Friday, June 21, 2013


I'm not sure I can amend my initial review of this restaurant too much.  Tertulia scores really high marks all around, and even though chef Seamus Mullen was cooking for a charity event out in New Jersey that night, the quality suffered for nothing.  And this time, I was in a large group, so we got a chance to sample a great deal of the menu.

So off we went.  On my own, I'd never order charcuterie, but ruffles of jamon serrano, cured 18 months, were cut so delicately thin they almost melted in the mouth.  Picnic-style, a half dozen deviled eggs sported jaunty toppings augmenting
their novelly flavored yolks, from a pungent mustard version crowned with a Marcona almond to a smoky romesco-tinged one draped in anchovy.   We had two skippable plates: one was a salad of crunchy wax beans, whose whole-leaf chicories were a little tough and unwieldy, too heavily dressed especially in contrast to the earthy vegetables.    The other, a large rectangular
flatbread with a cursory topping of somewhat dry, flavorless wild mushrooms and wads hard-to-stay-put goat cheese begged the Spaniards to leave pizza to the Italians.

Everything else was quite literally spot on.  We tried an array of the seasonal daily specials, but couldn't resist some of the menu stalwarts like the coles di bruselas (they've tried to take these off the menu spring and summer but there was too great a backlash. In illustration, we cleaned up three orders.) and alcachofas a la brasa, the latter of which boasted
hints of smoky bonfire char and were served with a mustardy anchovy aioli.   Fried pimientos di padron glistened, slick with oil and crumbles of sea salt.

    Of two cephalopod dishes, I preferred the chopitos: squid with sugar snaps, the inky sauce pungent with garlic and absolutely lip-smacking.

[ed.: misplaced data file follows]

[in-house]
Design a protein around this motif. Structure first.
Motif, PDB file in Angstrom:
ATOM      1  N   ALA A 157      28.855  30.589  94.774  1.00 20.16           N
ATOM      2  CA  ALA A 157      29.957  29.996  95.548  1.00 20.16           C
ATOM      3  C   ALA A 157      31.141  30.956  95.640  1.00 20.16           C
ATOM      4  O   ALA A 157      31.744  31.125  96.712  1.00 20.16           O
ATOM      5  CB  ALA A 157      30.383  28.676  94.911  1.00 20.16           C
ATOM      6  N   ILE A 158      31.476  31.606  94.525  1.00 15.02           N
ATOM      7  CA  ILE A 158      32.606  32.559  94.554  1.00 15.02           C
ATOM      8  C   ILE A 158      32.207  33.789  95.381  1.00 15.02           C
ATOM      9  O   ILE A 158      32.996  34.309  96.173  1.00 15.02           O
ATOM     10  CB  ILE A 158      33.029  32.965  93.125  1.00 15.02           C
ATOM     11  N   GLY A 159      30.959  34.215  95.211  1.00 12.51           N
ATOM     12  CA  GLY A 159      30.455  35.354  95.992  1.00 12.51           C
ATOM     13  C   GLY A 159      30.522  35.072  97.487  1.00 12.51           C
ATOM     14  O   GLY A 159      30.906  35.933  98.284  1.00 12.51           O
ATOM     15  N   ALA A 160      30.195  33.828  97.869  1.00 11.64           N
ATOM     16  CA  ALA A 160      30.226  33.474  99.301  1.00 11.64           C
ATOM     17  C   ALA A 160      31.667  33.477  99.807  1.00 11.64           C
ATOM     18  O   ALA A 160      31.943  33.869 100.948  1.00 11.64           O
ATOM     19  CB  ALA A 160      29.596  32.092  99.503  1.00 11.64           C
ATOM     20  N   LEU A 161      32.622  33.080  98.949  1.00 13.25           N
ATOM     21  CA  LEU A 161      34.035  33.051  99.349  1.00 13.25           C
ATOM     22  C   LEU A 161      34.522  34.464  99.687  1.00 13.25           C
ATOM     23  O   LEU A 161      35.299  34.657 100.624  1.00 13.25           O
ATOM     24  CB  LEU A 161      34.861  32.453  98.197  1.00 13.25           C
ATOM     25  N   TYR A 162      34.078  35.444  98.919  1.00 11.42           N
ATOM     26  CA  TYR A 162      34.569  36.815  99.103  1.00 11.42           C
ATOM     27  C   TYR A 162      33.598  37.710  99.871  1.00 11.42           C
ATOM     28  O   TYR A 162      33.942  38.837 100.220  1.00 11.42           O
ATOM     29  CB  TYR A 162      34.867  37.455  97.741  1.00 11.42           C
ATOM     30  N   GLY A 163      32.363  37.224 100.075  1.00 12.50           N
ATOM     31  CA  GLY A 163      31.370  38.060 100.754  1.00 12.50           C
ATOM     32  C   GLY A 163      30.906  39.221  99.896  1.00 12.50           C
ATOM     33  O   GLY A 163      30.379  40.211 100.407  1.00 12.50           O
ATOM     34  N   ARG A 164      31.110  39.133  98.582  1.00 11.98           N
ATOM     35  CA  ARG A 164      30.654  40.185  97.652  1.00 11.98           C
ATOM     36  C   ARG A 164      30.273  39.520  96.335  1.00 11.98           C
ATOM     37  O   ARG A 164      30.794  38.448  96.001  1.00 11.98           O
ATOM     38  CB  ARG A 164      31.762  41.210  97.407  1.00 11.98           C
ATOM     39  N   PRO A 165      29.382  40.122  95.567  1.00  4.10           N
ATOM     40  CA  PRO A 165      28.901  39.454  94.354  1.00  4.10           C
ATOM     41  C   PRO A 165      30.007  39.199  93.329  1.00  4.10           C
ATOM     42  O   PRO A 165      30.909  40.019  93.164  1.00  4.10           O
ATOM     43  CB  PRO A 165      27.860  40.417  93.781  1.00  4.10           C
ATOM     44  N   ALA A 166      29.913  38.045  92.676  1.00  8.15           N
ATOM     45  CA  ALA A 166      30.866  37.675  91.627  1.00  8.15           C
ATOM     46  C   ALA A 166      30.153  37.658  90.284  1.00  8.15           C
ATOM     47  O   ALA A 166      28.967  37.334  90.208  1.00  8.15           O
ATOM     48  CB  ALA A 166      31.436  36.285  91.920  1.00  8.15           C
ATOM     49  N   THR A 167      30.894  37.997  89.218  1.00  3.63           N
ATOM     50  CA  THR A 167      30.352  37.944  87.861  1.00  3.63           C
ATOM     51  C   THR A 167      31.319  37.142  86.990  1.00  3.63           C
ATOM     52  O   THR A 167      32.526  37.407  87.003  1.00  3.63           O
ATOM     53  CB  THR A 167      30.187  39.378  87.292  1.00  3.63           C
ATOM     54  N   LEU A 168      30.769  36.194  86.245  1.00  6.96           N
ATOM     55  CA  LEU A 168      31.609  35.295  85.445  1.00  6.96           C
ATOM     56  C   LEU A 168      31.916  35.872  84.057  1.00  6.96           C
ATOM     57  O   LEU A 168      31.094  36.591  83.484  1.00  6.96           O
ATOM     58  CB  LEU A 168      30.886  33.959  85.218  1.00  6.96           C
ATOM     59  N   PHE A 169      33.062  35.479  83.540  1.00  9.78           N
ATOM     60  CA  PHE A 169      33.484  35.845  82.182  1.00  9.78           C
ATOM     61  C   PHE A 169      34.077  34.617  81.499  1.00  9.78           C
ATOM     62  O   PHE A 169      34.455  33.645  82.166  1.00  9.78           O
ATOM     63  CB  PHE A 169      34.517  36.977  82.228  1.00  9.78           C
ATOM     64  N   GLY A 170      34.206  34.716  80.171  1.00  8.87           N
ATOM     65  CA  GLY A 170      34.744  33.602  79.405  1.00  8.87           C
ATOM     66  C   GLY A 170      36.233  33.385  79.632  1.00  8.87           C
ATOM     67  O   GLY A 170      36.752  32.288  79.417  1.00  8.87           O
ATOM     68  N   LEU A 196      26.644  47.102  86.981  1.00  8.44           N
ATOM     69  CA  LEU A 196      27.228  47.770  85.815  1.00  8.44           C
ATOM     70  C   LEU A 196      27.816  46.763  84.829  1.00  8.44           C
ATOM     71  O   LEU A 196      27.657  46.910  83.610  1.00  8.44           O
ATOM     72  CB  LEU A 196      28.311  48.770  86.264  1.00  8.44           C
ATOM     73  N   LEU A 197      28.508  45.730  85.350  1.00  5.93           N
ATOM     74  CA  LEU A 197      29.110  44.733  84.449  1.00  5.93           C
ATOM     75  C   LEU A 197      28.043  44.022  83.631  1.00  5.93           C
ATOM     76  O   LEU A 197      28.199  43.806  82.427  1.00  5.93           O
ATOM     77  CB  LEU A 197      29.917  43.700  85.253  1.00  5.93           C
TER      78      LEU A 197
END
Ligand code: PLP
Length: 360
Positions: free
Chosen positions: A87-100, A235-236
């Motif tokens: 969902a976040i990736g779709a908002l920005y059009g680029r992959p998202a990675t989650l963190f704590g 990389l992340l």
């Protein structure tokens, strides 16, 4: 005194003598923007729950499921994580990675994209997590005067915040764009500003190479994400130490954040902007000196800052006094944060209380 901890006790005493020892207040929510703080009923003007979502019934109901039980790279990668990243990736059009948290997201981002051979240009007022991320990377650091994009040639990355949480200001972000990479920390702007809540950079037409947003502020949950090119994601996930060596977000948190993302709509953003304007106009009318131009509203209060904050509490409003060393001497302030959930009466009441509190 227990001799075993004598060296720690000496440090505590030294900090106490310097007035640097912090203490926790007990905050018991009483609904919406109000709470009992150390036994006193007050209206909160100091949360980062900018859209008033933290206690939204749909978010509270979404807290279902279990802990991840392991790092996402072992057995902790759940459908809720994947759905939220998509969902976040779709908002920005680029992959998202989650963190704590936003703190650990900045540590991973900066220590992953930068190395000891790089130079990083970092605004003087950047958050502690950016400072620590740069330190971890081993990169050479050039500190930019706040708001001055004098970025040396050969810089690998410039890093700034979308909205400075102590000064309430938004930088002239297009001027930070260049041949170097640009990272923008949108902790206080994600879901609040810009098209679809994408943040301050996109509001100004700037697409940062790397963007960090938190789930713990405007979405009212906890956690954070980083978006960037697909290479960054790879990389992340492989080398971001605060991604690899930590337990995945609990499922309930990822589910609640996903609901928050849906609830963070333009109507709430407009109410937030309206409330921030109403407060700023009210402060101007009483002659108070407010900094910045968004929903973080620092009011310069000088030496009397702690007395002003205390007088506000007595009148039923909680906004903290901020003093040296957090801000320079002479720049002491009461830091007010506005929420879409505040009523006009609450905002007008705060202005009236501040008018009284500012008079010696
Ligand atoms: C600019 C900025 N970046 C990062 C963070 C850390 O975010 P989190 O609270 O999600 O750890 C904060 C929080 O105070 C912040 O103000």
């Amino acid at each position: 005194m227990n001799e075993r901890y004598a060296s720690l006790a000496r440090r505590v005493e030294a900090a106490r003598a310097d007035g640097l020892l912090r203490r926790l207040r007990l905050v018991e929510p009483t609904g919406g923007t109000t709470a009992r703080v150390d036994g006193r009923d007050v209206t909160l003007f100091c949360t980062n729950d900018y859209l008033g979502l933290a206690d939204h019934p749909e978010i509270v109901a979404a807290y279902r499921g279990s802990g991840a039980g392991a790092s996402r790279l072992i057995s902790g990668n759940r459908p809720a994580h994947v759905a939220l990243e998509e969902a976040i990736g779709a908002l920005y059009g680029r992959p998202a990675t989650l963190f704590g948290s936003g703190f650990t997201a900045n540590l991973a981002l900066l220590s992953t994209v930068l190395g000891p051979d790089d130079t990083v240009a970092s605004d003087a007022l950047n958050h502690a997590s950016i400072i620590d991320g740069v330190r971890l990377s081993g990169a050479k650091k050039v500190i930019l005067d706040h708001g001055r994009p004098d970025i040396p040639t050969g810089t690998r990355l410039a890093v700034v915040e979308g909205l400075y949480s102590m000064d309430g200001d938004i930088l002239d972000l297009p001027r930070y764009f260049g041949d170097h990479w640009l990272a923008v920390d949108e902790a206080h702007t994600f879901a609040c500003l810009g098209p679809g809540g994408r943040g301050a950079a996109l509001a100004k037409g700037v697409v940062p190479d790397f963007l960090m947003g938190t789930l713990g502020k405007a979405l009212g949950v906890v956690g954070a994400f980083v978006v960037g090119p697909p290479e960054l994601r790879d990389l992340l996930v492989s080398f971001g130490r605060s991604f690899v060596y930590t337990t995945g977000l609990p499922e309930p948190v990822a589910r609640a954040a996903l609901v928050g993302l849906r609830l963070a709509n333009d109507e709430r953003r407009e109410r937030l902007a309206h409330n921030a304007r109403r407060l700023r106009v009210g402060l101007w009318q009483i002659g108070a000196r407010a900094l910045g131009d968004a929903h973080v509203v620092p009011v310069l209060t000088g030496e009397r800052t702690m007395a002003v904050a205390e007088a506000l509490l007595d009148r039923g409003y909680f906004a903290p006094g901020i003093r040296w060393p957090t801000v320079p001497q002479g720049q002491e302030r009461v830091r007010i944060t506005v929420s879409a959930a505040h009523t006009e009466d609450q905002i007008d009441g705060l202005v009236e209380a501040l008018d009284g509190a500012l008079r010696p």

A second paired octopus with white beans and a kale pesto, nutty with Marcona almonds.  Lots of seafood and beans, in fact:  fat clams riddled with melted onions in a saucy stew of pintos was hearty but lean.

        Arroz alla plancha was probably the most unexpected dish, arriving rolled up like an enormous inside-out burrito, the golden soccarrat acting as a  wrap to encase a decadent stuffing of snails and mushrooms  flavored with aromatics and jamon iberico.  Skewers of meaty cobia spanned a crock of steaming peppers and charred spring onions, dripping with garlicky juices.  The meatiest dish of all was the grilled
 short ribs, but I always find these tough when they aren't braised, a superior method of cooking which coaxes them into juicy, tender morsels instead of grilled, which tends to dry out these chewy cuts.

    And that, my friends, as the hour latened, left little room or ambition for desserts, which is always a tragedy, because there is a spectacular selection of traditional sweets like crema catalana, a custardy flan with a sugar scorched crust, and more novel options like a chocolate covered almond cake sided with (very American) peanut butter ice cream.  But even missing dessert left no sense of wanting.  Tertulia satisfies your very soul.

      359 6th Avenue
      tel (646)559-9909

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